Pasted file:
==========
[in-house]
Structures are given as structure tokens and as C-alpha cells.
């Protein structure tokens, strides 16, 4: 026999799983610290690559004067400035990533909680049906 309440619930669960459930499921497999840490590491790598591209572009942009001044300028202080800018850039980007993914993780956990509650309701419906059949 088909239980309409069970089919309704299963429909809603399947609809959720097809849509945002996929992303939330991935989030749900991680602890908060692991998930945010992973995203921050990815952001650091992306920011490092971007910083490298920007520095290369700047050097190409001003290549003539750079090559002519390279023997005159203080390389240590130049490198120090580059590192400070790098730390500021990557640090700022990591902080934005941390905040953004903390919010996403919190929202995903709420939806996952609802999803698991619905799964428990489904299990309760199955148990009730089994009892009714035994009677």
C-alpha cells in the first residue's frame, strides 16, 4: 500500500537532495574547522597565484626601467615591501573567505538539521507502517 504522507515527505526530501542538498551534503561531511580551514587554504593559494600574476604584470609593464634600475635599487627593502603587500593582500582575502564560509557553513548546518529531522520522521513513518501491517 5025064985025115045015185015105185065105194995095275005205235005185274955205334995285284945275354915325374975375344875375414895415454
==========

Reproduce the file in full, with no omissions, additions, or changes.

[in-house]
Structures are given as structure tokens and as C-alpha cells.
């Protein structure tokens, strides 16, 4: 026999799983610290690559004067400035990533909680049906 309440619930669960459930499921497999840490590491790598591209572009942009001044300028202080800018850039980007993914993780956990509650309701419906059949 088909239980309409069970089919309704299963429909809603399947609809959720097809849509945002996929992303939330991935989030749900991680602890908060692991998930945010992973995203921050990815952001650091992306920011490092971007910083490298920007520095290369700047050097190409001003290549003539750079090559002519390279023997005159203080390389240590130049490198120090580059590192400070790098730390500021990557640090700022990591902080934005941390905040953004903390919010996403919190929202995903709420939806996952609802999803698991619905799964428990489904299990309760199955148990009730089994009892009714035994009677």
C-alpha cells in the first residue's frame, strides 16, 4: 500500500537532495574547522597565484626601467615591501573567505538539521507502517 504522507515527505526530501542538498551534503561531511580551514587554504593559494600574476604584470609593464634600475635599487627593502603587500593582500582575502564560509557553513548546518529531522520522521513513518501491517 5025064985025115045015185015105185065105194995095275005205235005185274955205334995285284945275354915325374975375344875375414895415454